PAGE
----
Our federal employment attorneys recently settled a sexual harassment case. Our attorneys fought to resolve a complex case where, among other things, our client was mistreated and subjected to harassment because assumptions were made about our client’s sexual orientation in a pejorative manner. The majority of the harassment was by coworkers, and we argued the agency should, nonetheless, be liable for the actions of its employees.

In cases of co-worker harassment, it is possible the harassment to have occurred, but the agency to be found not liable for the harassment of its employees. Understanding the basis for liability can be particularly complex when dealing with harassment by coworkers. The Equal Employment Opportunity Commission, by regulation and case law has established that an agency is liable for prohibited harassment by a coworker where the agency knew or should have known of the harassment and failed to take prompt and effective corrective action. See 29 CFR 1604.11(d) (“With respect to conduct between fellow employees, an employer is responsible for acts of sexual harassment in the workplace where the employer (or its agents or supervisory employees) knows or should have known of the conduct, unless it can show that it took immediate and appropriate corrective action”). Essentially, the Commission has adopted a negligence standard when it comes to harassment by coworkers. Negligence is a complex legal concept.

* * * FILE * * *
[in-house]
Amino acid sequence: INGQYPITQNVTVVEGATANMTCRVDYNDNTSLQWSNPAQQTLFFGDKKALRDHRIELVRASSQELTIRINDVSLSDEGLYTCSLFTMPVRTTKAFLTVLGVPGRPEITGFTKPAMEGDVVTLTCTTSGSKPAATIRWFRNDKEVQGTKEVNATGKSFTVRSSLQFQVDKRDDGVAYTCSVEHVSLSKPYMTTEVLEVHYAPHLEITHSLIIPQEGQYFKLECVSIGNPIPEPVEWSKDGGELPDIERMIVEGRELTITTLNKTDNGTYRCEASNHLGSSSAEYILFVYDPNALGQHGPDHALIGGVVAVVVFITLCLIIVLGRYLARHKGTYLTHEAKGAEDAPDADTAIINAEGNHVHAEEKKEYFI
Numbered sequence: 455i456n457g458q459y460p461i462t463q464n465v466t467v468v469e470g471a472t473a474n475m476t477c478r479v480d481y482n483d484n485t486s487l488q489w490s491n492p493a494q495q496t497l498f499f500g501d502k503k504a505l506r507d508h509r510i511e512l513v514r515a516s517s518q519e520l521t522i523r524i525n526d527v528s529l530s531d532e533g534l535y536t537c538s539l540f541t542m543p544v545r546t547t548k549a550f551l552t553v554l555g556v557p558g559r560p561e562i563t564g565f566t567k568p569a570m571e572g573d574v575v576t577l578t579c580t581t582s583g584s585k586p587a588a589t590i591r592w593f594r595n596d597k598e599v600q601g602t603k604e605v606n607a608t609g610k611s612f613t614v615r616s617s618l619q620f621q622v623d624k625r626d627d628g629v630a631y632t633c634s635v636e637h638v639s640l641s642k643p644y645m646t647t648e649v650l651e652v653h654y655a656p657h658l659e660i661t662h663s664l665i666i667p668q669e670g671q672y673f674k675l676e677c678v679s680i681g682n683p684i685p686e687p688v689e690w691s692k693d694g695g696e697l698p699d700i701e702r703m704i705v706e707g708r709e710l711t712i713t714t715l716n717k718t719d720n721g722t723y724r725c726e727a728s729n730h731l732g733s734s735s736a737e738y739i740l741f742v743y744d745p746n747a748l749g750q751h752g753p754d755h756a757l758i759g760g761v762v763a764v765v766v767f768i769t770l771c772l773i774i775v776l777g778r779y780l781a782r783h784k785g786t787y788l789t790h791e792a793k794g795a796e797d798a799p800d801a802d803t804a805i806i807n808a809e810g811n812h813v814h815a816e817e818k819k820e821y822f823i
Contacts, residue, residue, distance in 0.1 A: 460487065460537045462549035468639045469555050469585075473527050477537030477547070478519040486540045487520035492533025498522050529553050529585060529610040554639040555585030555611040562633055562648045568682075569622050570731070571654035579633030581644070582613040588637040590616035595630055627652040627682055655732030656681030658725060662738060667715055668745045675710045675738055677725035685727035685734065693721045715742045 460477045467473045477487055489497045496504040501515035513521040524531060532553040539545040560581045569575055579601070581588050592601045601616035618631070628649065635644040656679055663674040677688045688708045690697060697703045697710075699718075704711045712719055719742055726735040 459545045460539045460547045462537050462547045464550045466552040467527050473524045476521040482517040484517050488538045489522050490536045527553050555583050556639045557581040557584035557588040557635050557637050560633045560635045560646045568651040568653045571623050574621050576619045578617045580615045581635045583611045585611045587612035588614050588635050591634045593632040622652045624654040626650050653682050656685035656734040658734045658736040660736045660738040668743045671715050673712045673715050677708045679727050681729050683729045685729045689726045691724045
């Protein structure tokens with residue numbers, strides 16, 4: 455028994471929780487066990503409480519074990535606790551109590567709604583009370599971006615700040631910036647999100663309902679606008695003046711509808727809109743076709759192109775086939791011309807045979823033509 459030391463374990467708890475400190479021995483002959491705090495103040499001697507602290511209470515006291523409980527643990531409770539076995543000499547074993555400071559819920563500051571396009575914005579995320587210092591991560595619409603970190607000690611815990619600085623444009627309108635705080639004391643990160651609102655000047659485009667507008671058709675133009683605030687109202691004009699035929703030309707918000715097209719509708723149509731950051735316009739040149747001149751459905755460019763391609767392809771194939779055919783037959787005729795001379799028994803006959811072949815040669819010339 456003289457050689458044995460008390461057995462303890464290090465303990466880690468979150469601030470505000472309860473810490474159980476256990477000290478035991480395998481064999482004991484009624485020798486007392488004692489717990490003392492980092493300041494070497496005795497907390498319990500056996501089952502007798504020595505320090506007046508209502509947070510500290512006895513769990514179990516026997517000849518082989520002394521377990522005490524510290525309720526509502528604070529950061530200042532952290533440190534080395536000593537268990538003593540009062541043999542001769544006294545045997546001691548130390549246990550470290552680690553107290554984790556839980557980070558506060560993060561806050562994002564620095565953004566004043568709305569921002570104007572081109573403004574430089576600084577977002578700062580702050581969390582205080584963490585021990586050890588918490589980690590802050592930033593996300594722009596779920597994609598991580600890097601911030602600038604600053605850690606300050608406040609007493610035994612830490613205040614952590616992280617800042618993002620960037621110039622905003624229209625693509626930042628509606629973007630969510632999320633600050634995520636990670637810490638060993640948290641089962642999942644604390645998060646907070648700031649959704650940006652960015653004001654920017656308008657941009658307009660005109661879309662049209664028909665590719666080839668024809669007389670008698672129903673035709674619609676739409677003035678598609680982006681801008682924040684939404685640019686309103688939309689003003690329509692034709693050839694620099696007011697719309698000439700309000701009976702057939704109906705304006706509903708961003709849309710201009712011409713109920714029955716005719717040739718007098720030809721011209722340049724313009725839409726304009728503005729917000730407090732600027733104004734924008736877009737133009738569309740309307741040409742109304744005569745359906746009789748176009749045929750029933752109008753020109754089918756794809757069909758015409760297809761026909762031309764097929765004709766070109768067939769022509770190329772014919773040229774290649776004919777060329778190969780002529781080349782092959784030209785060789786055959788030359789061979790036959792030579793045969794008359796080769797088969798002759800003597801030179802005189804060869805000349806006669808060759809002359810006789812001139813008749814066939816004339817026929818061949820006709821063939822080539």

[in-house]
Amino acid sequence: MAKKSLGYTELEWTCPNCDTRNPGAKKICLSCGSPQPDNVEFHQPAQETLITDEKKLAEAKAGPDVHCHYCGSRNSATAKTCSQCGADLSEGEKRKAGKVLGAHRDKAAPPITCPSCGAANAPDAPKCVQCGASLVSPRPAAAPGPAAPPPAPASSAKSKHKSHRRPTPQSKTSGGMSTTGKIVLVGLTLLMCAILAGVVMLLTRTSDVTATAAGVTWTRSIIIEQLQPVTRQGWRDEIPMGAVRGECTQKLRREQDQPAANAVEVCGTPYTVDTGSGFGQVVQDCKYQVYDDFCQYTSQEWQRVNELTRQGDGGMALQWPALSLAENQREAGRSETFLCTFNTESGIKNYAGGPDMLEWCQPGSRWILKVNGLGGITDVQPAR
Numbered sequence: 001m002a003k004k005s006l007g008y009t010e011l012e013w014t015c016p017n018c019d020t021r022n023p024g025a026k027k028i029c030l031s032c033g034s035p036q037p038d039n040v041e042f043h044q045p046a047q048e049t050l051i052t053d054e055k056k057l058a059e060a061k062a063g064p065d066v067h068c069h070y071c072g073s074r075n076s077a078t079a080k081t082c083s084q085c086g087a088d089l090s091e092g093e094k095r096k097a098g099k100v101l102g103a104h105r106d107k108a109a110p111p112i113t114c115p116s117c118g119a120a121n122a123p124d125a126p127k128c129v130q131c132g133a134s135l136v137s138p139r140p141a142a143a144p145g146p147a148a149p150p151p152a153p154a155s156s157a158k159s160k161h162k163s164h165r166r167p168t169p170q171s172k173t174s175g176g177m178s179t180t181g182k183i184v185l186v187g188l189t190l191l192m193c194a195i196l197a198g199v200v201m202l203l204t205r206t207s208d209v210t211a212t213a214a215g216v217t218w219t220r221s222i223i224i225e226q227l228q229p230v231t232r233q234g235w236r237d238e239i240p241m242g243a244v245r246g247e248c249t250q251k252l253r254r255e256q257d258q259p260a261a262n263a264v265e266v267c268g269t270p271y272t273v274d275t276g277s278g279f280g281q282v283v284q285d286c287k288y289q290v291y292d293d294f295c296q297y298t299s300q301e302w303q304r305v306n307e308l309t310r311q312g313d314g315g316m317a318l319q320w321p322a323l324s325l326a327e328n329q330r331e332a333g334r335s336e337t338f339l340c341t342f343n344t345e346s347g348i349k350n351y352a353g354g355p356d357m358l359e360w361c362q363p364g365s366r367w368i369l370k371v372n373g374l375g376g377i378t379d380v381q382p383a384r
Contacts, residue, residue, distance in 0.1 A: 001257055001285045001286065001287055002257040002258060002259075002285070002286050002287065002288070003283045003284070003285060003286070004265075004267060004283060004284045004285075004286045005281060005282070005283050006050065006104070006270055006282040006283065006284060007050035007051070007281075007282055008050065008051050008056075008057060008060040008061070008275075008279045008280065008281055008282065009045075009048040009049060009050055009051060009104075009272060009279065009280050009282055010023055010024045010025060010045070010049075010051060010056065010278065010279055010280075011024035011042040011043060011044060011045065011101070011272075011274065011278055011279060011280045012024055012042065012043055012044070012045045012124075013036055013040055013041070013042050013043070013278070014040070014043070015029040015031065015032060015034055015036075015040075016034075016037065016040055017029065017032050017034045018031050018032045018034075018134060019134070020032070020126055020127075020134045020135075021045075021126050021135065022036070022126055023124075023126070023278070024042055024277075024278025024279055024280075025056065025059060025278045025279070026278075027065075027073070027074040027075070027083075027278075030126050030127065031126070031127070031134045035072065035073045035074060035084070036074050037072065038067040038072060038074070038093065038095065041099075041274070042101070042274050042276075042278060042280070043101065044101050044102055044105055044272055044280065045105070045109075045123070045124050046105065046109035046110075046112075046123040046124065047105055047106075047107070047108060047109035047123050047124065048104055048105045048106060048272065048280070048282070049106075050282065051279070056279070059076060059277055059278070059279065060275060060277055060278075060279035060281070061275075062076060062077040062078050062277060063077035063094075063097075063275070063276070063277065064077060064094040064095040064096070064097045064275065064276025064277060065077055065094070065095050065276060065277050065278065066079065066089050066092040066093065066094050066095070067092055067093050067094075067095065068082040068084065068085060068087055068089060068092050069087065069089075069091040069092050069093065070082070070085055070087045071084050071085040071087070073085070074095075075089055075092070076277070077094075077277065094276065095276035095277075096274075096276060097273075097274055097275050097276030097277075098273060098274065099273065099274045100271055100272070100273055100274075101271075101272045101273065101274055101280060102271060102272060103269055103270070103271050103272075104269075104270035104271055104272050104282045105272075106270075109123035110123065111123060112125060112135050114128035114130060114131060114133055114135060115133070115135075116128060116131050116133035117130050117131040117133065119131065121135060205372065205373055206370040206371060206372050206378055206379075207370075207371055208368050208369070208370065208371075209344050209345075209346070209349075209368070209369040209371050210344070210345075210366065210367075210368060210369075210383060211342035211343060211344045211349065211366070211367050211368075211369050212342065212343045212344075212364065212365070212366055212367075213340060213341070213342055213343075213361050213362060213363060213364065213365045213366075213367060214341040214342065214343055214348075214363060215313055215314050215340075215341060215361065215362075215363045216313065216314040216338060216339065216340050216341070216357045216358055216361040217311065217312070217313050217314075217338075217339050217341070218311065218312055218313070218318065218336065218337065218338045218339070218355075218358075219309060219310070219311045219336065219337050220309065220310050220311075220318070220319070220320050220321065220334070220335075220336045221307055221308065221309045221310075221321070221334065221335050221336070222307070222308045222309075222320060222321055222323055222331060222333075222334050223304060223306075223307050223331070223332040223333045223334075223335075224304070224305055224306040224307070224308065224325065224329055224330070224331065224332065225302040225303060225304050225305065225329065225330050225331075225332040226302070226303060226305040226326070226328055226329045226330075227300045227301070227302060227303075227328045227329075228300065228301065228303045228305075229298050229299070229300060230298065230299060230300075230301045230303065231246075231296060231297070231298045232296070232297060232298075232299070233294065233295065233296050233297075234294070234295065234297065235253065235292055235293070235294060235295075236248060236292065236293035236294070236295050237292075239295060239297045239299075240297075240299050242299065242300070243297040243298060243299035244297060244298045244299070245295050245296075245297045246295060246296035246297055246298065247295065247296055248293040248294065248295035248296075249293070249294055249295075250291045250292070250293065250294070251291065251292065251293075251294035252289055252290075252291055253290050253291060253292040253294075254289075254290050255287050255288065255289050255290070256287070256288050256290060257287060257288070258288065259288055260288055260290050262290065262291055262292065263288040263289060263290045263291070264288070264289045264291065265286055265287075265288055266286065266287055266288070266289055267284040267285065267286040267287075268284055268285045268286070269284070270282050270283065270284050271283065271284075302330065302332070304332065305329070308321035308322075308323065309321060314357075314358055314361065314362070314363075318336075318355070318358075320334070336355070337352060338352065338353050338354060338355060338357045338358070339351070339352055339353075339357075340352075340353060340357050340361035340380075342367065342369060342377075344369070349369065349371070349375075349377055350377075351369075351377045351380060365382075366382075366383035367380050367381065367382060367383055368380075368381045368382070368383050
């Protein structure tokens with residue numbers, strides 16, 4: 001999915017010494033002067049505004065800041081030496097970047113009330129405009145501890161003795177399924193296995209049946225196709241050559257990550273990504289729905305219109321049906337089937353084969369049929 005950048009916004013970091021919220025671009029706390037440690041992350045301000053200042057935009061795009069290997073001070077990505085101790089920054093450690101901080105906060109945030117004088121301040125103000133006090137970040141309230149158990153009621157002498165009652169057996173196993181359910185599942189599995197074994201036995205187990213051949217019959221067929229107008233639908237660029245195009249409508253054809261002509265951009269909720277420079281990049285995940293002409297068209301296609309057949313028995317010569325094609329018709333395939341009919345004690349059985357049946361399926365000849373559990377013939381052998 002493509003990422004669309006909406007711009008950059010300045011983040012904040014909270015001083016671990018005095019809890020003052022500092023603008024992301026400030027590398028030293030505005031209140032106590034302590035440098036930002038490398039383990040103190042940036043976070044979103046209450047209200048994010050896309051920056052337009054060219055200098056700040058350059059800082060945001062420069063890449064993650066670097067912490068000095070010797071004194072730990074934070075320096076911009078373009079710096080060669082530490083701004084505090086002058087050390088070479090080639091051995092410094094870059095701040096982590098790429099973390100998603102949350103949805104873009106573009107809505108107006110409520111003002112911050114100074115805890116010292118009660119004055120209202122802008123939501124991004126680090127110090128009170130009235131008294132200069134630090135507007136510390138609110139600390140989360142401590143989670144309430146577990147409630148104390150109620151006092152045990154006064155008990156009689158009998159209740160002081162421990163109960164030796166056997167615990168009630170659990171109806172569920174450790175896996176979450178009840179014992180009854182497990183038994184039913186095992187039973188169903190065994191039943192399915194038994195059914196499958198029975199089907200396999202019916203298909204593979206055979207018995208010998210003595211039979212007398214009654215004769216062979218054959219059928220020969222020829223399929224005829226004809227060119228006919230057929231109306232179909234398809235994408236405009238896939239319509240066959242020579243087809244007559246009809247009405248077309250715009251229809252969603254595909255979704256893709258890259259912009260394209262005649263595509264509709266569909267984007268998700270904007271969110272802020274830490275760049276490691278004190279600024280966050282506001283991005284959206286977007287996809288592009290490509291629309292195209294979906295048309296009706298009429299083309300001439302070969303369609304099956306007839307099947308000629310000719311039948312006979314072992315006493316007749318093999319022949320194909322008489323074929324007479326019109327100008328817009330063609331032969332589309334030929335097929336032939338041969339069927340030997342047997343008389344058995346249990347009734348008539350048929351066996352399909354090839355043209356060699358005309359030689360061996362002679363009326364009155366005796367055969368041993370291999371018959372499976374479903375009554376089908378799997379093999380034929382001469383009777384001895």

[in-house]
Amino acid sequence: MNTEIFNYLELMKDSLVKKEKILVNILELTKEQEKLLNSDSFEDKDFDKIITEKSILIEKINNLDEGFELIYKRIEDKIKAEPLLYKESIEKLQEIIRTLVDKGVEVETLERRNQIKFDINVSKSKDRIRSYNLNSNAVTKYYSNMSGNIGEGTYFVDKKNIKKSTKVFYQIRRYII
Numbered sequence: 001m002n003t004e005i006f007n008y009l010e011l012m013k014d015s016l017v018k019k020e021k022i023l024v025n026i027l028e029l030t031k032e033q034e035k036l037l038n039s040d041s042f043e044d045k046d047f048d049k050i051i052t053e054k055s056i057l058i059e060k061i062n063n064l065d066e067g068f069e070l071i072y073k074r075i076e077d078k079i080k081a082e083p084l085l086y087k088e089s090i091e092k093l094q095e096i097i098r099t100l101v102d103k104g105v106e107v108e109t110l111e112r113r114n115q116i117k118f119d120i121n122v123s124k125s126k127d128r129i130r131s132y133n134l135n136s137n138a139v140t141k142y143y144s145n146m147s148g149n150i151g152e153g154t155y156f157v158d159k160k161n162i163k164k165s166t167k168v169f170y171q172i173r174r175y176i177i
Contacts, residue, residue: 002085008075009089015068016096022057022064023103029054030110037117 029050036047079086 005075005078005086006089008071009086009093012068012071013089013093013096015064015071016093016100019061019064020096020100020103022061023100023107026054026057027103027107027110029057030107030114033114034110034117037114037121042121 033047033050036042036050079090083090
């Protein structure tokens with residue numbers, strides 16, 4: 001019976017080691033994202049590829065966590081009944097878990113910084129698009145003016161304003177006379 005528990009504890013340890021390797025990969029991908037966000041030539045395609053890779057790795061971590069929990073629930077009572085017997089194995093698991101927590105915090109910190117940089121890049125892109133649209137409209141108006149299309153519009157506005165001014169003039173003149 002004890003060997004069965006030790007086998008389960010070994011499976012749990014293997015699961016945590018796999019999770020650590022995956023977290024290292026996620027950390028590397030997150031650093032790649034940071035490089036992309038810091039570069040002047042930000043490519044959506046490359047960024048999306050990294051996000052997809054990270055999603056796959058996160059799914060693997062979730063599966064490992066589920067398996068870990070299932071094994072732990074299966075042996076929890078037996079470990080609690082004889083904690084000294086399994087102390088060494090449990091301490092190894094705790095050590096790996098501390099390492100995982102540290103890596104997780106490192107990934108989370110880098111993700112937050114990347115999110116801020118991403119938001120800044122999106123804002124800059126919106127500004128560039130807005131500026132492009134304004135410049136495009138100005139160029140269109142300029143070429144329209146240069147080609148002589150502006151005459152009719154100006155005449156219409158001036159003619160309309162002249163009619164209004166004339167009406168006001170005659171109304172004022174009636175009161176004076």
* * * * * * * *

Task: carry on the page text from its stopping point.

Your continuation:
As such, if you are facing harassment, it might behoove you to work with one of our federal employment attorneys. If you are a federal employee facing a hostile work environment, contact us today to schedule a free consultation with one of our attorneys.